Case Sensitive Template Designation

When creating a child theme in WordPress, this codex is more than adequate to get rolling. However, I did run into one bump this go around. The name input for “Template:” is case sensitive.

This style.css header:

 Theme Name:   Twenty Fifteen Child
 Theme URI:
 Description:  Twenty Fifteen Child Theme
 Author:       John Doe
 Author URI:
 Template:     twentyfifteen

is not the same as:

 Theme Name:   Twenty Fifteen Child
 Theme URI:
 Description:  Twenty Fifteen Child Theme
 Author:       John Doe
 Author URI:
 Template:     Twentyfifteen

Now you know, and perhaps I can remember!

Importer Not Functioning

I have loads of posts, but the WordPress importer doesn’t like WordPress 3.9.1 in the slightest. Hopefully, they’ll resolve this soon. This importer has worked famously up until now. I tested a few other importers, and nothing is working with the file that WordPress exported (in WordPress format). Well, that’s a little frustrating.

[Tweet “The WordPress Importer plug-in is not working with WP 3.9.1 @WordPress”]

The plugin:

My post in their support forum:

Update 6/25/14: There’s one response to my support forum post. At least I know I’m not the only one!

My next step is to turn on debugging. If that doesn’t result in any clues, then I’ll export the blog in a different format (CSV, perhaps) and try a different kind of importer. If THAT doesn’t work, I’ll just have to move the posts manually (ugh). Thankfully, this is a fairly unique circumstance at this point. However, I’m surprised that it isn’t easier to export and import to and from WordPress. It should be.

Update 7/17/14: I gave up on the WordPress Importer when I found this article: “Best 10 Free WordPress Plugins.” I installed the WP CSV plug-in on my old blog, and installed the Really Simple CSV Importer plug-in on this blog. That did the trick!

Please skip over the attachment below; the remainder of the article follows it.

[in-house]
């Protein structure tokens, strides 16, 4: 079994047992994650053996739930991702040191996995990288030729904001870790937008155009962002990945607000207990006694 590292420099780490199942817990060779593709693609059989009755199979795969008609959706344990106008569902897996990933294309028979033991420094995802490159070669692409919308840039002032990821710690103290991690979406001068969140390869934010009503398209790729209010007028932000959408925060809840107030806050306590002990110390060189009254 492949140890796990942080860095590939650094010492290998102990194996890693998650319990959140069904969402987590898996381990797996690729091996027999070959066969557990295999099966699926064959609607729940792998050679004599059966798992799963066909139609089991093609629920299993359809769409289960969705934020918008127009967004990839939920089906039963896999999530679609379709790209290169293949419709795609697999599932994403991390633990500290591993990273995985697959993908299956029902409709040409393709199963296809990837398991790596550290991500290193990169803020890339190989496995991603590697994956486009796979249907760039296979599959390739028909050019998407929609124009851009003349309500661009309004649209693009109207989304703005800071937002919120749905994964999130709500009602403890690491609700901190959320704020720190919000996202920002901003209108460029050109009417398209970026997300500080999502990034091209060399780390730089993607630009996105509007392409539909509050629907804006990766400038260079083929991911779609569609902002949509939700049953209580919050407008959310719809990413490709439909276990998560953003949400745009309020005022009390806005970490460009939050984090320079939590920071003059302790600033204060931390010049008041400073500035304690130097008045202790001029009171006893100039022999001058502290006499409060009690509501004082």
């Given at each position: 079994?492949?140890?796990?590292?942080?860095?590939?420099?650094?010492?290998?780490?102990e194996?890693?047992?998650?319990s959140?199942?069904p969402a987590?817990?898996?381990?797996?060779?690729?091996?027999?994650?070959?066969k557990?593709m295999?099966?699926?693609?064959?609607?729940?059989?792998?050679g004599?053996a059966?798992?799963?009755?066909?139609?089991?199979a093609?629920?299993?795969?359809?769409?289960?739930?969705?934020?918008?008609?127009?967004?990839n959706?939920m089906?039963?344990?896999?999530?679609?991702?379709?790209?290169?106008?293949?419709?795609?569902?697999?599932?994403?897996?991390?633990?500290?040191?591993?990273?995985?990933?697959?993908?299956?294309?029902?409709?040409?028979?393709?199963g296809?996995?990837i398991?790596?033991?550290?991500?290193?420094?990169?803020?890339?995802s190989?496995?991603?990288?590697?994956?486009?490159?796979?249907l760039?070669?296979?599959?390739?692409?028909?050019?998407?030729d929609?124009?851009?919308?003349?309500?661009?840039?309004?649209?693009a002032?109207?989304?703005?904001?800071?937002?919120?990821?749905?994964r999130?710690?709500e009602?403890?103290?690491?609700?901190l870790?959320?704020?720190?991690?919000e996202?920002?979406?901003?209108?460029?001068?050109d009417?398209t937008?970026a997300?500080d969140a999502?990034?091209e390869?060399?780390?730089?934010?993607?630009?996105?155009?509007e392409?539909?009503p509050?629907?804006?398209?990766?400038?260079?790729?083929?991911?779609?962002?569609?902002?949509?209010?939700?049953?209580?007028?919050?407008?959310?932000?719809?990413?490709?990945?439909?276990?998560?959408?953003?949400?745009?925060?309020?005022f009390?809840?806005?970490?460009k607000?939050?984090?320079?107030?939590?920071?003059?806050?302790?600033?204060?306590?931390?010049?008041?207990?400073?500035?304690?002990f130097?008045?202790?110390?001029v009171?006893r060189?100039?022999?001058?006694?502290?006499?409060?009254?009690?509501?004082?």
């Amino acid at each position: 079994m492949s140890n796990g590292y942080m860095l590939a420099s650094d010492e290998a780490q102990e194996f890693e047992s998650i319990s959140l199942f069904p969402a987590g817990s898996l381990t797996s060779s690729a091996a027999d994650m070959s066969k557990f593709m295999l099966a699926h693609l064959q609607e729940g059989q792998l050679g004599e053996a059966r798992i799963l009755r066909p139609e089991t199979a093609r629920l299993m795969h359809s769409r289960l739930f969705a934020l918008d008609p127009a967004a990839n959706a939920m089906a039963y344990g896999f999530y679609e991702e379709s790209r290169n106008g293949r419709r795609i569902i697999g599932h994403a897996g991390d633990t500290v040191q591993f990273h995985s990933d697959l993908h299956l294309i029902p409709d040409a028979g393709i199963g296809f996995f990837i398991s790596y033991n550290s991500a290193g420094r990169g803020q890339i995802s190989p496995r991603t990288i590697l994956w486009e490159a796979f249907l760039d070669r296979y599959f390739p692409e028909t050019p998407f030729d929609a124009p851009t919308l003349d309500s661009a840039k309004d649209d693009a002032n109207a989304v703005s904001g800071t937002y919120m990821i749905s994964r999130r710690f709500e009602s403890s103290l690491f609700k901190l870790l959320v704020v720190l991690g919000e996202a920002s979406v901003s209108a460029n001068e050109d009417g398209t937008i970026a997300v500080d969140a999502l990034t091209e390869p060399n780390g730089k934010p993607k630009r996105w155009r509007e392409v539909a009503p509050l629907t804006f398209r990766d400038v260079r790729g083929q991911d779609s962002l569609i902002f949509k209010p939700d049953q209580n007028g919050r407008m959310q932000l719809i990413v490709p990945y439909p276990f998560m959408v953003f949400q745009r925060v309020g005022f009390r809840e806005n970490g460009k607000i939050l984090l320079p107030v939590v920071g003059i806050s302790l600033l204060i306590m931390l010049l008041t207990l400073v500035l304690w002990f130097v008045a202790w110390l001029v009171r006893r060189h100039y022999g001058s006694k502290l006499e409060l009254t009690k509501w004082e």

Now to clean things up a bit around here.

White Screen of Death

This fun little problem has occupied me for long enough that I figure it’s time to blog about it. Who knows? It might help someone else!

I’m installing WordPress  into a sub-folder of the root. I followed the 5-Minute install directions, and when I ran the install.php file, it gave me bubkis. This isn’t my first time at the WordPress installation rodeo, but it is my first “White Screen of Death.” Awesome.

Stuff that Does NOT Work

I found the following steps on various web pages, and none of them worked.

  1. Add an .htaccess file to the subdirectory to make sure WP knows to go to index.php.
  2. Remove extra blank lines from the beginning or the end of the code.
    This advice was given A LOT and it didn’t make sense to me at all. Why would that work?!
    I tried it anyway, and much to my relief, it did exactly as I expected… nothing!
  3. Remove the “-” from any theme directories. I actually had one in there, so I removed it.
    This advice is a little silly too… hyphens are perfectly valid characters, but I’m getting to the point where I’ll try anything.
  4. Corrupt plug-ins are also to blame (apparently), but I don’t have any plug-ins yet since it hasn’t successfully installed at all.
  5. I’ve tried various other tips, but I tire of listing the stuff that doesn’t work!

Broken Theme Idea

The most useful site I reference was from BlueHost, and the broken theme idea got me thinking… have I jacked with these settings too much for them to have any hope of working?

I deleted the whole thing, and started over leaving out the themes I want to use for now. I wanted to remove that variable. I also removed the variable introduced Dreamweaver CS3, my editor. Like the instructions said, I used a straight up text editor to update the wp-config file. This last precaution is probably overkill, but I’m wanting to leave nothing to chance at this point! (Dreamweaver does update files when you change file names, after all.)

White Screen of Death. Grrrr…
added .htaccess back in (because that makes sense to me) … still nothing


I’ve read and pondered a lot about permissions issues. So, I took to comparing the working installation vs. the broken one. I found two bits:

  1. The wp-content folder needs write permissions.
  2. The MySQL user permissions are USAGE (permission to connect and and perform basic commands only).

Regarding the MySQL user permissions:
WordPress recommends to GRANT ALL permissions. GoDaddy creates the database and it’s user with USAGE permissions. I was unsuccessful in changing that. Furthermore, GoDaddy GRANT access is set to NO.

Still Not Working

I won’t give up, though.